An interesting interview with Lisa Bond, PhD, of Public Health Management Corporation, discussing the results of a study on men on the down low, or men who do not identify as men who have sex with men: “Not all black men on the so-called down low are having sex with women, and some men who don’t identify with the term down low do have sex with women—and these two findings really underscore the limited utility of using a label like down low for targeting HIV prevention efforts” (“The Low Down on the Down Low“). It has always been very common to pin the blame for the spread of HIV on various groups: at first, gay men, then injection-drug users, and recently, men who openly identify as straight but who have sex with other men in secret (down low, or DL). Bond’s study, which looked at HIV infection rates among both men who consider themselves on the down low and men who do not, found that there was no significant difference in the spread of HIV between the groups — in other words, we cannot make the assumption that men on the down low spread HIV at a greater rate than men not on the down low.
What can be taken away from this study is the finding that there is a great deal of unprotected sex occurring among both DL and non-DL men. Bond strongly emphasizes this, and states further that:
It’s important to point out that this rate of condom use is not unique to bisexual black men. This is a problem we see across populations and different racial and ethnic backgrounds, among women and men. This is an ongoing struggle in the fight to stop the spread of HIV, and that is: How do we increase the use of condoms in populations where there is significant risk for infection or transmission? … We need to shift our focus away from the down low. It’s been used quite extensively to demonize black gay and bisexual men, and we need to shift our focus on to more meaningful issues that do drive the HIV epidemic among HIV communities of color and particularly among black gay and bisexual men.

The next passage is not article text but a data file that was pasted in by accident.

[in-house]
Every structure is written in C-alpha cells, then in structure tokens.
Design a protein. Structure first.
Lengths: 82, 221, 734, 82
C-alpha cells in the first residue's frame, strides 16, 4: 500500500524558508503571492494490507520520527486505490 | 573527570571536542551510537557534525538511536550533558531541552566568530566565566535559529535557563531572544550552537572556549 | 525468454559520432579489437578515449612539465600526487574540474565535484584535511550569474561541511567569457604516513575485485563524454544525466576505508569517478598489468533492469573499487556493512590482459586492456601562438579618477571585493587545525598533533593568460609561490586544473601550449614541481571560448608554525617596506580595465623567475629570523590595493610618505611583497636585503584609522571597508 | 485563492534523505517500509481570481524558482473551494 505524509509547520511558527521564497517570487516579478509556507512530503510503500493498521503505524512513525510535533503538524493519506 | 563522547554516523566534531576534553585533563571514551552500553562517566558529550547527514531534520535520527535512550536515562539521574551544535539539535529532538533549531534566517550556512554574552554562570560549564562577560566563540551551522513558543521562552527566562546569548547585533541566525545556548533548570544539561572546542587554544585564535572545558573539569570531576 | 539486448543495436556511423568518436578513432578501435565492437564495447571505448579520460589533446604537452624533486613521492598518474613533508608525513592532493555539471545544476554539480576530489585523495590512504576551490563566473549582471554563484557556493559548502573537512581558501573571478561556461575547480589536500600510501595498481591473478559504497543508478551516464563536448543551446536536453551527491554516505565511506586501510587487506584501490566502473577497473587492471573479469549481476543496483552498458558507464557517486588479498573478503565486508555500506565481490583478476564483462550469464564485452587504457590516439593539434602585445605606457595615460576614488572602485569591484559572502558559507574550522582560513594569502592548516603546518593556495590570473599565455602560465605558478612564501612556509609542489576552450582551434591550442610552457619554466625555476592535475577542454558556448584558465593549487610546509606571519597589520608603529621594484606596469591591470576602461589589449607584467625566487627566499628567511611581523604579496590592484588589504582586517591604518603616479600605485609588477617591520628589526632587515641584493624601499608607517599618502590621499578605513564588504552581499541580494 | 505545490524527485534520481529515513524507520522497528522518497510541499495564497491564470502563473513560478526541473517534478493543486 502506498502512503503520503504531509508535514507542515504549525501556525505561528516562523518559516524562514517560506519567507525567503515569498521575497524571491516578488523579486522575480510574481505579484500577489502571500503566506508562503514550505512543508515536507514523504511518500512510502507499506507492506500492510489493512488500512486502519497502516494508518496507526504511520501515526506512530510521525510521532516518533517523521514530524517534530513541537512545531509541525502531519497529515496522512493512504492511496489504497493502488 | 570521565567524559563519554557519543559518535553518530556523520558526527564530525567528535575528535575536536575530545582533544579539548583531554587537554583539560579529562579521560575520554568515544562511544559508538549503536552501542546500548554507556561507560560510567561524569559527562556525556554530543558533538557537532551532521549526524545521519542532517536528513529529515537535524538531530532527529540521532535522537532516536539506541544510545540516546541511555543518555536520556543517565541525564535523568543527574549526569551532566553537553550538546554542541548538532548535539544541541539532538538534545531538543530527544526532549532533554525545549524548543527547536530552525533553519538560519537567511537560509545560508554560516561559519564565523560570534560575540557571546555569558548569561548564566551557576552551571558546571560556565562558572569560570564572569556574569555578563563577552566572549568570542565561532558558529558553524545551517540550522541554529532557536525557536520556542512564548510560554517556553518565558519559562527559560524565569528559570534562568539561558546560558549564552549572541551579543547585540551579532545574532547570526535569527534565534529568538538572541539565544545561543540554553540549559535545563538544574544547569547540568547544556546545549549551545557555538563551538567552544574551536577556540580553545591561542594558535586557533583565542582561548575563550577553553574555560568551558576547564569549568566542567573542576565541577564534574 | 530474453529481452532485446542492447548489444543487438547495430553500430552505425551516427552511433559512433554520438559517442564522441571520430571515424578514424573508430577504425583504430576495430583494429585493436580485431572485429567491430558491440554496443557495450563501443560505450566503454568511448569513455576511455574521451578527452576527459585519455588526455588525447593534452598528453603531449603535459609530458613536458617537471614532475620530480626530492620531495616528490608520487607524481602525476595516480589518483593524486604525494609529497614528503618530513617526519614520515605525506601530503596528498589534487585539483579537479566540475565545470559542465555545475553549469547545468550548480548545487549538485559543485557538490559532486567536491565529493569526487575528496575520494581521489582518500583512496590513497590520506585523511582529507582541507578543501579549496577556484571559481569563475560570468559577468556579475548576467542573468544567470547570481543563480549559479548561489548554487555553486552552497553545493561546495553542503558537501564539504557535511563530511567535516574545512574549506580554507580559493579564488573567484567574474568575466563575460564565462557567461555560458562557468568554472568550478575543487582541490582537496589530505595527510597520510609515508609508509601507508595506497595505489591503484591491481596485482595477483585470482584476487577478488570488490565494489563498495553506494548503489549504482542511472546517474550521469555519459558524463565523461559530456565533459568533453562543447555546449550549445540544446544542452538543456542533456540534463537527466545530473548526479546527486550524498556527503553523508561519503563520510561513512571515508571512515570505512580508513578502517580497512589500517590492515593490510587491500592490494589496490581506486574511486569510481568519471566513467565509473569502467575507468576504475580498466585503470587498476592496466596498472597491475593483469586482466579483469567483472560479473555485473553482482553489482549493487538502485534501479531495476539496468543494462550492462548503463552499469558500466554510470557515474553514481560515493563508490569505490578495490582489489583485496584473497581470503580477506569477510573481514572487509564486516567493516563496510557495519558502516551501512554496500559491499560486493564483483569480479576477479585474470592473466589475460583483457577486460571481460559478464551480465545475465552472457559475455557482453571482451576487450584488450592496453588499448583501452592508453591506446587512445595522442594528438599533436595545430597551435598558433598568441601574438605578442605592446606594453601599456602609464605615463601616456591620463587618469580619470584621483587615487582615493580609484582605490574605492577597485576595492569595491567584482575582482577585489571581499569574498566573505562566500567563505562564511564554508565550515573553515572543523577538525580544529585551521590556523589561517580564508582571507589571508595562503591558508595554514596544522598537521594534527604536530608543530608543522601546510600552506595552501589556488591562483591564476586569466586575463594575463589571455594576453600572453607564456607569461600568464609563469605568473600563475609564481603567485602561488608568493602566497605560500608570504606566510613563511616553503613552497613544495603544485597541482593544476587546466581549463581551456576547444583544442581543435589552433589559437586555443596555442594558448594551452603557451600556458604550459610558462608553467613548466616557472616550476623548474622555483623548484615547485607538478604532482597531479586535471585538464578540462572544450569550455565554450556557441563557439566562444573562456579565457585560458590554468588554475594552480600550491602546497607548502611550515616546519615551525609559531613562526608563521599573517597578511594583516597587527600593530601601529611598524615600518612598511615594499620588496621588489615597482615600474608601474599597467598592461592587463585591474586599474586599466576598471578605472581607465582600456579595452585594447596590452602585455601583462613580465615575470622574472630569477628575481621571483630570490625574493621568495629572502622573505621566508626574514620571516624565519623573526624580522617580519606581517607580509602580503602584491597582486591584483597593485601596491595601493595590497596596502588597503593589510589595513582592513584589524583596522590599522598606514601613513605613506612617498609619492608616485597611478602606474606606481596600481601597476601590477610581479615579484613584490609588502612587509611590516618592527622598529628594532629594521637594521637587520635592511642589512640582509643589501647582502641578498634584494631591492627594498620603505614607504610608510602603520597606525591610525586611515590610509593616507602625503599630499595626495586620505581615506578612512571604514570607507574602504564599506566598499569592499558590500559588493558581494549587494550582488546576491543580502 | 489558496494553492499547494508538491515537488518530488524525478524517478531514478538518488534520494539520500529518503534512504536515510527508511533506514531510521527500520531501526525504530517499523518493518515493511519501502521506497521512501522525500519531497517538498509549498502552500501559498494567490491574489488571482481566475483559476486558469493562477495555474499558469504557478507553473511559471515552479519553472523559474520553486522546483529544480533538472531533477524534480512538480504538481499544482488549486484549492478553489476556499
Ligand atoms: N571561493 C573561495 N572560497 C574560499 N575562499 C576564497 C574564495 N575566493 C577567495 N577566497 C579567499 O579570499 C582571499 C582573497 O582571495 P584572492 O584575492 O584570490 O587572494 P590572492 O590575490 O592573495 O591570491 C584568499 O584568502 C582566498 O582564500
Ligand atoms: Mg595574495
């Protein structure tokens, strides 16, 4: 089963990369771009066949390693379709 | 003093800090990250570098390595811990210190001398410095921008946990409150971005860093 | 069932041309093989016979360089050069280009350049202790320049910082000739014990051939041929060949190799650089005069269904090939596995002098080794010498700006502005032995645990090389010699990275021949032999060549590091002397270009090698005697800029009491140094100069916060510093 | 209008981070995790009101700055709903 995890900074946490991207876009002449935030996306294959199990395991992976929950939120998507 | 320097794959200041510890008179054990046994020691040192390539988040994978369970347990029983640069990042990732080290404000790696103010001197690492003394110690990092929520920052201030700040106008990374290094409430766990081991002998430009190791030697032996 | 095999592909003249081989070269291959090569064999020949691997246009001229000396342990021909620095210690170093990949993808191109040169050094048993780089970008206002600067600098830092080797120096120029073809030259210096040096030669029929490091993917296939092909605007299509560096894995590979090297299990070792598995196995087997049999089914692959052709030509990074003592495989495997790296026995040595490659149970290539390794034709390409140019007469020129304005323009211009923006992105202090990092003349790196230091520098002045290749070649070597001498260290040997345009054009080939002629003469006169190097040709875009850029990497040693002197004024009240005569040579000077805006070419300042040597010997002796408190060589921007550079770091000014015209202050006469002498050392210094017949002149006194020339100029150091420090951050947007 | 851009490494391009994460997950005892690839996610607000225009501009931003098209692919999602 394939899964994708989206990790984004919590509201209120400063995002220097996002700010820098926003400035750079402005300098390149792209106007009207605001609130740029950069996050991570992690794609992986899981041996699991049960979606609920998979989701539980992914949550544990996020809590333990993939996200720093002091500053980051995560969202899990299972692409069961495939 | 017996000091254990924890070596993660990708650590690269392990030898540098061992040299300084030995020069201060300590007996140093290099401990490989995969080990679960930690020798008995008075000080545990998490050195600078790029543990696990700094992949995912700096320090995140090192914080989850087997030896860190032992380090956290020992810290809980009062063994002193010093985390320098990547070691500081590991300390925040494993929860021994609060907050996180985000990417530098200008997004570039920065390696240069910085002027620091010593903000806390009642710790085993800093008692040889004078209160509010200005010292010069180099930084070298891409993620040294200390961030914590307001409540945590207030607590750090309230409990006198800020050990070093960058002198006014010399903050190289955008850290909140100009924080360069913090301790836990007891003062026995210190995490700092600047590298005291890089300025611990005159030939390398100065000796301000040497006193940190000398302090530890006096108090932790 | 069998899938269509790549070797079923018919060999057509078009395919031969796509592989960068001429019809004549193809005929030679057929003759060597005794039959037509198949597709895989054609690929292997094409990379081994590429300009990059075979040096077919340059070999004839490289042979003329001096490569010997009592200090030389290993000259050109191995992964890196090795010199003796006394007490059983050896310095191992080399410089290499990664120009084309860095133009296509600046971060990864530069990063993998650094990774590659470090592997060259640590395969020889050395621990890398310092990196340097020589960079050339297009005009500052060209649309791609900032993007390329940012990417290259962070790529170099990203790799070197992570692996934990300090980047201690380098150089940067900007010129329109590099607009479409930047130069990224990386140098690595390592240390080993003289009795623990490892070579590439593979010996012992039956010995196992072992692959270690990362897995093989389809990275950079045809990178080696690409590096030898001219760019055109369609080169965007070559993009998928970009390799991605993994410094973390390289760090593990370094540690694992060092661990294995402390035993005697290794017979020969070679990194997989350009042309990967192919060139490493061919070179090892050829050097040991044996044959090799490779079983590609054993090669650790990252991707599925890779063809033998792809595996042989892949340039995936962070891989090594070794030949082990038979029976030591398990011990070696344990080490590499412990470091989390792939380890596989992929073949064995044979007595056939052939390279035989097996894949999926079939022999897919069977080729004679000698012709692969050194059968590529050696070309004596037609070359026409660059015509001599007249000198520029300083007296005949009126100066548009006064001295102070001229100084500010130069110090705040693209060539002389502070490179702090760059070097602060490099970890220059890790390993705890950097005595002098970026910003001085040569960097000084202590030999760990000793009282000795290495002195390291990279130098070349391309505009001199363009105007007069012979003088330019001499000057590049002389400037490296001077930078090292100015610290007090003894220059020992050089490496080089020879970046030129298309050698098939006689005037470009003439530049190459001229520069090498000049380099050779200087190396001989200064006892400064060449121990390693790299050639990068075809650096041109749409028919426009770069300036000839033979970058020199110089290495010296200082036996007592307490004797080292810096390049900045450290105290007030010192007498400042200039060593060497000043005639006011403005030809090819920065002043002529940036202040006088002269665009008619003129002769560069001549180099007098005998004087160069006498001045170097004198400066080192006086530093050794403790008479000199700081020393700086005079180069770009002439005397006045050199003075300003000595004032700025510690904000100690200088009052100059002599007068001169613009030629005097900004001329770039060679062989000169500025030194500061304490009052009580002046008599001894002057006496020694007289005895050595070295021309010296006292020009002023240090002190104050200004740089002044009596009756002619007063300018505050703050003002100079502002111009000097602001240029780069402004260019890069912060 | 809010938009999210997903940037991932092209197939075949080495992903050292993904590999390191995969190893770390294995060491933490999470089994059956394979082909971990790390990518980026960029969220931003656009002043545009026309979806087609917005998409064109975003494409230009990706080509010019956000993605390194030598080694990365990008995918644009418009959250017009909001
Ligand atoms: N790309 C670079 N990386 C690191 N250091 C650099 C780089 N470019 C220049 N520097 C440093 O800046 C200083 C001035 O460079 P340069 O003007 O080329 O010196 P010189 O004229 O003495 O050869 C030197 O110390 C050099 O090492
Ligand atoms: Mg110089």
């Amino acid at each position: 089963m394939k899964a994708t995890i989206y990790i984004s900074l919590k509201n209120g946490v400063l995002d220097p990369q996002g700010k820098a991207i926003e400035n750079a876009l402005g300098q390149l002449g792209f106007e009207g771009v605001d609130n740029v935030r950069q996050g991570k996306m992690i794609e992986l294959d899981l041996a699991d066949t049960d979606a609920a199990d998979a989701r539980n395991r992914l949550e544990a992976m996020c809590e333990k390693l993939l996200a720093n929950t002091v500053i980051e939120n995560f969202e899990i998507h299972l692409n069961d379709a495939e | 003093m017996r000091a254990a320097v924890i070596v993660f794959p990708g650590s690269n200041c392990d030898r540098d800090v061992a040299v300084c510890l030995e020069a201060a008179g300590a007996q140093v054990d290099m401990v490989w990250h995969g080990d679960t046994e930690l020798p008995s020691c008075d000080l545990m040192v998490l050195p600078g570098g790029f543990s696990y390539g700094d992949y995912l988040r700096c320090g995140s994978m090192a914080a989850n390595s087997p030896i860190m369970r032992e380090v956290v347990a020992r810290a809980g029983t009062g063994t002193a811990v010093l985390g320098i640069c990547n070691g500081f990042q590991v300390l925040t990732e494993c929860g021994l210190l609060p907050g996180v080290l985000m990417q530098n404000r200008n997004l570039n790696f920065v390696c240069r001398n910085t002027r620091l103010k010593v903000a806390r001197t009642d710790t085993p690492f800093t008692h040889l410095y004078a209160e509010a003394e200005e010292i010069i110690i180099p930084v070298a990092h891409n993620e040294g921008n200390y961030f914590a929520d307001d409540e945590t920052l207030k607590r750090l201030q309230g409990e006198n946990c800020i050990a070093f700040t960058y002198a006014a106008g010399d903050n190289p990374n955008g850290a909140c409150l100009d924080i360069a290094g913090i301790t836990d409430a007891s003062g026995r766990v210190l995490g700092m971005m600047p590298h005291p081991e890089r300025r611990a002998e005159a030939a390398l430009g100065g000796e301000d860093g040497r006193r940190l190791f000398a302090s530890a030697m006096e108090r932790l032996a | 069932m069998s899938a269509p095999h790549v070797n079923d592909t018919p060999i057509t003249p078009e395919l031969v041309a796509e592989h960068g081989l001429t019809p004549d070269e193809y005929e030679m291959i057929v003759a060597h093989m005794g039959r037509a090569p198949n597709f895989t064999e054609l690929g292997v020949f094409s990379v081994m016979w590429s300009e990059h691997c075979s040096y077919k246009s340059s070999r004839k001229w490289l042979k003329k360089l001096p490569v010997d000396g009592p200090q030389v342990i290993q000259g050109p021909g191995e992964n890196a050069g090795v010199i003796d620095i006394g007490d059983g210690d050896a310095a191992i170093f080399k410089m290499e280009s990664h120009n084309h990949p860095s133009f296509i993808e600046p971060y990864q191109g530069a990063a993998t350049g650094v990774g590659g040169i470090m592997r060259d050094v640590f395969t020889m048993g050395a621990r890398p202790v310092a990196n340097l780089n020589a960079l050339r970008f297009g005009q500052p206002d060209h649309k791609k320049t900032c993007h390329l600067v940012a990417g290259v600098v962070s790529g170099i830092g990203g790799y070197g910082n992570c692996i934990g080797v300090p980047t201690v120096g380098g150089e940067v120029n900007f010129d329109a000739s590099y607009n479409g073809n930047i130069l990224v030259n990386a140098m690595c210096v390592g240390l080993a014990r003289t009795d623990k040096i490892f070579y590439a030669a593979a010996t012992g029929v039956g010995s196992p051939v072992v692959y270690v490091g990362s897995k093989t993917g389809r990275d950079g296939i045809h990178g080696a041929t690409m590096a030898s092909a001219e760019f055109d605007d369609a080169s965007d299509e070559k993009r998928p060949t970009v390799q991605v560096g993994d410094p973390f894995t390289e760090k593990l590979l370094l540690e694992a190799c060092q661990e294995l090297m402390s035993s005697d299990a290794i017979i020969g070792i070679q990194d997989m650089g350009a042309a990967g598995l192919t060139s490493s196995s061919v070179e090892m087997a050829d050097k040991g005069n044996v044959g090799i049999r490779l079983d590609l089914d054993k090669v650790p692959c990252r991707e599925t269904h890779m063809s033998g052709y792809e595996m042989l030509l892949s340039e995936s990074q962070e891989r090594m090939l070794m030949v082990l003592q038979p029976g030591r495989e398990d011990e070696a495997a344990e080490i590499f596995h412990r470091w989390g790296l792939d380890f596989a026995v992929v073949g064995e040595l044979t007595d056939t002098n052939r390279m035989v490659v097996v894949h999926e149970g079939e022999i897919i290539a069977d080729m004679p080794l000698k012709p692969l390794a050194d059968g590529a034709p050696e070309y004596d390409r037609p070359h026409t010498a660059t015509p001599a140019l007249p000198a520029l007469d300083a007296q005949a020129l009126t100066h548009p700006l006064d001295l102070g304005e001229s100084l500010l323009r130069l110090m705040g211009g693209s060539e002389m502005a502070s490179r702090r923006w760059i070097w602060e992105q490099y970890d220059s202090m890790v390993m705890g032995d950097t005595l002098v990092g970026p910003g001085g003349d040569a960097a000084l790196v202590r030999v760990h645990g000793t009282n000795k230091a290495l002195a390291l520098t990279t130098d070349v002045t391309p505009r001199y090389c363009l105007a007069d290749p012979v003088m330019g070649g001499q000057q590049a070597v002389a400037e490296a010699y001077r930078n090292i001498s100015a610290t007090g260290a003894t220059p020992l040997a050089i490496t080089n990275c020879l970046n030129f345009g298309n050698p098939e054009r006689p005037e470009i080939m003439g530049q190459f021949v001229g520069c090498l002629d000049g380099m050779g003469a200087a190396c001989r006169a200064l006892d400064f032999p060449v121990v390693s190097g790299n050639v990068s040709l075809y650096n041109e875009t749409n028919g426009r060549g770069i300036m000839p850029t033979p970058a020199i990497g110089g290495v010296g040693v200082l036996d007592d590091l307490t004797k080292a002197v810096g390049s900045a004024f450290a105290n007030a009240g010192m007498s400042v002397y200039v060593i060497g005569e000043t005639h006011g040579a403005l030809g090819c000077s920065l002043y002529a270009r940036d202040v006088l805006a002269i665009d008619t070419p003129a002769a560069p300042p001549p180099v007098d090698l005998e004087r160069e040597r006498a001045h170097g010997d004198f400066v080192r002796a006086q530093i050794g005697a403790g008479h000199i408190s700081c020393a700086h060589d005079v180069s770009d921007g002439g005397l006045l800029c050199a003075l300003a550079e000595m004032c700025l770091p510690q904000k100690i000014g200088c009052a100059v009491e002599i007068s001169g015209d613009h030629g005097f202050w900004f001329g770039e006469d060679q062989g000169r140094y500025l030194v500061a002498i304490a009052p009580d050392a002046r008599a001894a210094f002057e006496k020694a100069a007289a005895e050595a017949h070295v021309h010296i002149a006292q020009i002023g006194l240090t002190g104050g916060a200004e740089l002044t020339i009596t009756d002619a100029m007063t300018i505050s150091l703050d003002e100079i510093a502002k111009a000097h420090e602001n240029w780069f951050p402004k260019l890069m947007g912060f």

Studies like this are extremely important in addressing how to reduce new HIV infection rates. This type of research, which helps identify patterns and behaviors, is critical to addressing the spread of HIV. It is not enough for us to treat those who are infected; we must address the risks of infection and look at transmission with a clear, nonjudgmental eye. There is no way to reduce the rates of infection if we assign blame to certain populations while ignoring the facts: that any person may be at risk for HIV infection. By ignoring the universal dangers of HIV infection and not taking adequate steps to protect ourselves and others, we put our communities at greater risk. And by assuming that HIV infection only occurs among certain groups of people, we remove our own agency and responsibility for educating and taking care of others.
-Until There’s A Cure